Mark Trahant on FIRST PERSON RADIO 1/18/17

Join Laura Waterman Wittstock and Roy Taylor on Wednesday January 18, 2017 with last week’s promised guest, Mark Trahant, Shoshone. Due to unusual circumstances we could not make that show possible. But Mark will be with us tomorrow as we cover the new president, and several of his cabinet members in nomination that affect Indian Country broadly. And there will likely be last days announcements from the outgoing Obama administration. Mark is a media expert who has been following elections where Indians are in the running. Trahant reports and comments on events and trends on his blog at TrahantReports.Com and on FacebookTwitter (@TrahantReports) and other social media. He does a weekly audio commentary for Native Voice One. And, every day for nearly a decade, Trahant has written a 140-character rhyme based on a daily news story (@newsrimes4lines).
Mark Trahant is an independent journalist and a faculty member at the University of North Dakota as the Charles R. Johnson Endowed Professor of Journalism.

In addition to his work noted above, he has  been a reporter for PBS’ Frontline series. The Frontline piece, “The Silence,” was about sexual abuse by priests in a Alaska native village. He also has been editor-in-residence at the University of Idaho in the spring of 2011 and again in 2012. He taught courses on social media, the American West and editorial writing. In 2009 and 2010 Trahant was a Kaiser Media Fellow writing about health care reform focused on programs the government already operates, such as the Indian Health Service. He was recently the Atwood Chair of Journalism at the University of Alaska Anchorage.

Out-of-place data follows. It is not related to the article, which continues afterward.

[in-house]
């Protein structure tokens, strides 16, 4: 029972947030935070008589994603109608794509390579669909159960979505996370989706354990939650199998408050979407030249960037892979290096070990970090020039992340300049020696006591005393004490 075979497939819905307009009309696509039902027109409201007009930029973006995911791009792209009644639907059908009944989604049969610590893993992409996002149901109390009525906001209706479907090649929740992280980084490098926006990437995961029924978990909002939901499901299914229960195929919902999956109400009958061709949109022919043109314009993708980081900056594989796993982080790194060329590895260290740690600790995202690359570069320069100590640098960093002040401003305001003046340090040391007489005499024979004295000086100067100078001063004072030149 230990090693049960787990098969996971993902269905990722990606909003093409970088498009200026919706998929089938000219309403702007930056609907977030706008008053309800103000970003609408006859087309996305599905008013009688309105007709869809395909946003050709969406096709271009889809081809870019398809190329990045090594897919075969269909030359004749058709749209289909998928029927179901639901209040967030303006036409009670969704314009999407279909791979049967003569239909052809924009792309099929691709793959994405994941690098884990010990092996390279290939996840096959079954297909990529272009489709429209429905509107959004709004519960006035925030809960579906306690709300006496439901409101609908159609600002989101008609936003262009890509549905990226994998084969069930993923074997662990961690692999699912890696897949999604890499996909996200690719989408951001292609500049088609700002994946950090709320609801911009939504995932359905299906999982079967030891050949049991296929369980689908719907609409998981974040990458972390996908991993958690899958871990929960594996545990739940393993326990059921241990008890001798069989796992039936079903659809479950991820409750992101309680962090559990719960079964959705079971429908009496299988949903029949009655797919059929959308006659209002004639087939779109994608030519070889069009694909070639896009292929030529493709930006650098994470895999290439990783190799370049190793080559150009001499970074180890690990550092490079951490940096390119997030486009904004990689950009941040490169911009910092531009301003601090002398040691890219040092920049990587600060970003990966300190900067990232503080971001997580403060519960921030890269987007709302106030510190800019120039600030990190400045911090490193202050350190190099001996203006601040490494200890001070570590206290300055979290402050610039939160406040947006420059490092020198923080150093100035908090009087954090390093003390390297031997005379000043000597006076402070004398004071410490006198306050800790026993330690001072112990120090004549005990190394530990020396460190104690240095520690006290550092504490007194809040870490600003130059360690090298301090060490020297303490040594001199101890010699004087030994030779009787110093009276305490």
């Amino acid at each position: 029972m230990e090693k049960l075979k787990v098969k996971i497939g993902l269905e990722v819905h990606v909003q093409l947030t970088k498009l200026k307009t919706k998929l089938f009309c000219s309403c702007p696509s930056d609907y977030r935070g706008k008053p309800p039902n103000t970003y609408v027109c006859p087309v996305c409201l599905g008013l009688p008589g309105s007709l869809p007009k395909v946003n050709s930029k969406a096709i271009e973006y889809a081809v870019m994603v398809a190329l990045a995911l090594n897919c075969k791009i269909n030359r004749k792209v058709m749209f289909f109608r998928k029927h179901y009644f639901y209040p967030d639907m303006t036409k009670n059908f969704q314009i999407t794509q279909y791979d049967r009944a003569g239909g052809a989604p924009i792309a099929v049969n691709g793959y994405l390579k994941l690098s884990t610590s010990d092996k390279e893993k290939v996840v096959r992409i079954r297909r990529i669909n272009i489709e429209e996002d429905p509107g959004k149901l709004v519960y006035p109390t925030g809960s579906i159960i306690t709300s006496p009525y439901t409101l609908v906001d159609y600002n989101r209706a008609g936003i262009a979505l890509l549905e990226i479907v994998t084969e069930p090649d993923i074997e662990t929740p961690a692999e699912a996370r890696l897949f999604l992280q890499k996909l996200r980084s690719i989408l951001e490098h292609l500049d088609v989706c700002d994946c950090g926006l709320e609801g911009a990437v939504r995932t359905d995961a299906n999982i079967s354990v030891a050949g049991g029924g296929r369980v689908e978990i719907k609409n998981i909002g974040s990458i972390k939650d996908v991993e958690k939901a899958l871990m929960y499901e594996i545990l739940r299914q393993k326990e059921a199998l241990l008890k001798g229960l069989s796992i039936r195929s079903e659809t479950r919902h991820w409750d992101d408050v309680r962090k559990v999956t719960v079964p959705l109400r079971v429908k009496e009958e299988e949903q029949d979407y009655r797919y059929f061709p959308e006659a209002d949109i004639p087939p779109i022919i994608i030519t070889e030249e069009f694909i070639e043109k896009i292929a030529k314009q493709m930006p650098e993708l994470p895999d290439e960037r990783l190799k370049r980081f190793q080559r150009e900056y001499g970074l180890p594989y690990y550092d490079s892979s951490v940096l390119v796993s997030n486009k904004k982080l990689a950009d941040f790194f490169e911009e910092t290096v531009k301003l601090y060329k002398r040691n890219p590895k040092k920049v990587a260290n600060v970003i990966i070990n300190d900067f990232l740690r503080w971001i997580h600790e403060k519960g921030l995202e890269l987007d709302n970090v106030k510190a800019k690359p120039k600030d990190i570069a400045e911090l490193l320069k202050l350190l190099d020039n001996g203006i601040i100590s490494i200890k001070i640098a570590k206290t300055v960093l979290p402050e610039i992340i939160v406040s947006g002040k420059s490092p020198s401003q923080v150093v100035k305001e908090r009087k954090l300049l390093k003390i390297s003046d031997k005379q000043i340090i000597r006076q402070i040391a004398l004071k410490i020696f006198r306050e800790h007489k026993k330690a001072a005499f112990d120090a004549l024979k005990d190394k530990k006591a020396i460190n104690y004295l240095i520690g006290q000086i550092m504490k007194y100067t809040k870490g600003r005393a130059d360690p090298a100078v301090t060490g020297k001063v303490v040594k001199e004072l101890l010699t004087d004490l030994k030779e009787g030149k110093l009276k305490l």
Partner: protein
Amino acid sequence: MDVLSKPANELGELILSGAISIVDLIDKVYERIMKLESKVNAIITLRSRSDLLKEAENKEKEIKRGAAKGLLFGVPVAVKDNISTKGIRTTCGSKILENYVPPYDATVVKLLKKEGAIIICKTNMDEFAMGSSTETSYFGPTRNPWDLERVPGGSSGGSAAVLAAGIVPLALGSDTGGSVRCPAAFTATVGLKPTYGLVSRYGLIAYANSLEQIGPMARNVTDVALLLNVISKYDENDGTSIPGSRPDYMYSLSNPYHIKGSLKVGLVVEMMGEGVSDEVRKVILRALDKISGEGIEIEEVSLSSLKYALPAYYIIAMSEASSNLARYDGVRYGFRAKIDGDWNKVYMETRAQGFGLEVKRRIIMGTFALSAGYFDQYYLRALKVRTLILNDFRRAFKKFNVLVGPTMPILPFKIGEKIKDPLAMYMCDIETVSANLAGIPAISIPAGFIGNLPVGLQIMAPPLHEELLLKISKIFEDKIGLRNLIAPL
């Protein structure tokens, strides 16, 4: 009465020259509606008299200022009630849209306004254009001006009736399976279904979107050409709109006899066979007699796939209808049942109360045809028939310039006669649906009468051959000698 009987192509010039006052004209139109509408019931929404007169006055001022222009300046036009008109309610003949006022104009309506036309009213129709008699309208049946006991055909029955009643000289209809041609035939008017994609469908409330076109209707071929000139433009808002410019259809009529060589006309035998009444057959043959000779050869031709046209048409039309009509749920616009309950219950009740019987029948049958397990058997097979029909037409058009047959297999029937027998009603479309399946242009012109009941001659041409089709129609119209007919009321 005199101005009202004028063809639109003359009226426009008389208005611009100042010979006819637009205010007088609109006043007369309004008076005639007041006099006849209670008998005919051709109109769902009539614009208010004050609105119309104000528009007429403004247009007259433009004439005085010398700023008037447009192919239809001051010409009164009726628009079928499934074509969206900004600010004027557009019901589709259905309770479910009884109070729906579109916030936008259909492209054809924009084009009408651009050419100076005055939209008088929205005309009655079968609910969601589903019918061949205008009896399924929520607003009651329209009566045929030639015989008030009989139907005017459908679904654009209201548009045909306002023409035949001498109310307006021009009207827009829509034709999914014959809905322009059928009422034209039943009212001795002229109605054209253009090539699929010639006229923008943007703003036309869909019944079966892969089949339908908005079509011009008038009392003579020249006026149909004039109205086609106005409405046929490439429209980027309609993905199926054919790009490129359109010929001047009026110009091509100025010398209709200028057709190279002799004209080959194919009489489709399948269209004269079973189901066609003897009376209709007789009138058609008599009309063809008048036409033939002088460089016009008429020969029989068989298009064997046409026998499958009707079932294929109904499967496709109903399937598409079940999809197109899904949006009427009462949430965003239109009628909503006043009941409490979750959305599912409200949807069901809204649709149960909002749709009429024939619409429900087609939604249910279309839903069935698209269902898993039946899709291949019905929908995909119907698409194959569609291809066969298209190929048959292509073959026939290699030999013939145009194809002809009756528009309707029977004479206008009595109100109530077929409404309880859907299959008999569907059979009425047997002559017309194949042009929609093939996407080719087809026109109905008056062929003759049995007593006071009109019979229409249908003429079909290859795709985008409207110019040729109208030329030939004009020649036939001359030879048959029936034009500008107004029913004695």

Trahant is the former editor of the editorial page for the Seattle Post-Intelligencer where he chaired the daily editorial board, directed a staff of writers, editors and a cartoonist. He has also worked at The Seattle Times, Arizona Republic, The Salt Lake Tribune, Moscow-Pullman Daily News, the Navajo Times, Navajo Nation Today and the Sho-Ban News. Trahant is a member of Idaho’s Shoshone-Bannock Tribe and former president of the Native American Journalists Association.

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